Summertime offered numerous activities. Usually I was with Eddo, while Butch and Chuck were rambling about doing such things as killing squirrels or setting fire to the neighbor's field. One thing that we loved to do was go up into the attic, which was probably in the 90's, and read the jokes in the stacks and stacks of Saturday Evening Posts. The attic was wonderful -- dusty and dim, with only one window on the front of the house, filled with trunks, that we would explore. It was also full of books.
We also played under the back of the house which was relatively cool. This is where we had a pretty good chance of running across Butter, an old slashed-ear tom cat, that lived out back. Since the house was on pilings, the back of the house was open underneath and had easy head clearance for us. Chuck and Butch used to set up army men and then shoot them with BB guns, and each other from time to time, but Eddo and I were not allowed such weaponry.
One summer, I took one of the books from the attic, climbed a tree on the far side of the house and read all day. I'm sure Eddo never found me there. It was heaven.
A major sport throughout the summer was swatting flies on the front porch. There was a big front porch with Prof's rocking chair, and maybe another one, and the inevitable porch swing. For some reasons, the flies were attracted to the chains of the porch swing, and they were our prey. Even the adults indulged in this, or at least kept score.
From time to time, we would go into to town to visit Aunt Lil, Prof's "old maid" sister. Aunt Lil had kept their father's hardware store which was one of the most fascinating places in the world. The store had probably never been changed since her dad had died. The window displays had the same old stuff, and the same old dust, from one year to the next. There were long glass and wooden counters, a big potbelly stove in the back, and huge rolls of linoleum upstairs. Lit essentially from the front windows, I remember that it was generally dim and dusty.
There was also the grocery store which had the particularity of having red saw dust on the floor. Everyone in the town knew who we were and would say hello when Eddo and I went in on errands.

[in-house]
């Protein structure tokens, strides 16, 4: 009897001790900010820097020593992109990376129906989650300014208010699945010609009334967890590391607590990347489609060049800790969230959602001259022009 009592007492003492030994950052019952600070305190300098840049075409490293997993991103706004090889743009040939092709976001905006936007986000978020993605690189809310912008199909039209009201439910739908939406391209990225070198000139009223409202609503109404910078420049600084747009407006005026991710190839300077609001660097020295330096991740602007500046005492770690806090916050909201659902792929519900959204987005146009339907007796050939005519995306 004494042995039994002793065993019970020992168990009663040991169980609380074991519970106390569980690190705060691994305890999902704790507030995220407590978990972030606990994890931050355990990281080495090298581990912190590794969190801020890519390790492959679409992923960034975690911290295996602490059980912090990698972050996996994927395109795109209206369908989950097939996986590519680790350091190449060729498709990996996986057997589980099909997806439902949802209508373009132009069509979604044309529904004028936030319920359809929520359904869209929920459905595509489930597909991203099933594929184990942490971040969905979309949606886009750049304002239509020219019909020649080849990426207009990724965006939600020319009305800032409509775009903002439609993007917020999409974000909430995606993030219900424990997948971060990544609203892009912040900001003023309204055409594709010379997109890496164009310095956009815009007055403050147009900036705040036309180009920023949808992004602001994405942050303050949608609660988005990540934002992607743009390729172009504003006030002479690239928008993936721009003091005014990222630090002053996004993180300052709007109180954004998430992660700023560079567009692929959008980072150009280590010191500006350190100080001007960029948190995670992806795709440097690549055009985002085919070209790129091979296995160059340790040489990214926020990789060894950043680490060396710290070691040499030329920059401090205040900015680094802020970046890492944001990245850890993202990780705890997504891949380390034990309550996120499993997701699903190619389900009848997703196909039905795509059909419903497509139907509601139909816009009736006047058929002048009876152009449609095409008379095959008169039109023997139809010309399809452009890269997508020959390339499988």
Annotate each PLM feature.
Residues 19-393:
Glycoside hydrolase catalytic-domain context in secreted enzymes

Perhaps the best place of all in town was the pool hall, essentially because it was off-limits to children, especially little girls. This was where the men were safe from the womenfolk. On exceptional occasions, we might be sent in to "fetch" either Prof or one of our dads. It was fantastic -- dimly lit except for the light over the tables, smoke floating in tongue-like clouds above the lights. The sound of the clicking of the balls, or the scratching of the chalk on the cues. Benches lined up on the sides where you waited for your turn to play. All very impressionistic since we weren't allowed to linger.
Usually on the way home, we would stop at the field across the road from my grandparent's house to say hello to Marvin, the Methodist mule. I assume he was deemed Methodist because his owner was, and my grandparents, being Baptists, assumed that being Methodist was equivalent to being hard-headed. Anyway, I remember that Marvin did seem to enjoy having his long ears stroked.
Frances Bullen Lee
My grandfather (born around 1899 and died 1965 of a heart attack) was a self-made man, an entrepreneur who established a machine shop, Jackson Machine Works. He employed my dad and other relatives returning from WWII until they could find work elsewhere.
We called him "Daddy Lee" (pronounced "Daddelee"). He was a terrible tease, and loved to tease my grandmother until she cried. He would take out all the coins from his pocket and let the grandchildren chose whatever coins they wanted. As soon as we were old enough to start selecting 50 cent pieces instead of those intriguing pennies or delicate dimes, the game was over -- we were too old to play.
Reba Iona Fuller Lee
Reba was born on July 29, 1902; died in April 1976 (pancreatic cancer). She was also a school teacher before she got married.
We were not allowed to call her "Grandmother", so I always called her "Reba". Since they had SO many grandchildren, I didn't have a really close relationship with her. What I remember most is visiting her garden with her, especially her day lilies (which is why I have them in my garden also!), and feeding the birds in her garden. She saved bread crusts, and would send us out to fill the bird feeders.
I know that my grandmother came from Illinois, but I'm not sure how she met my grandfather and I don't have their marriage date. I need to interview Nannie about that.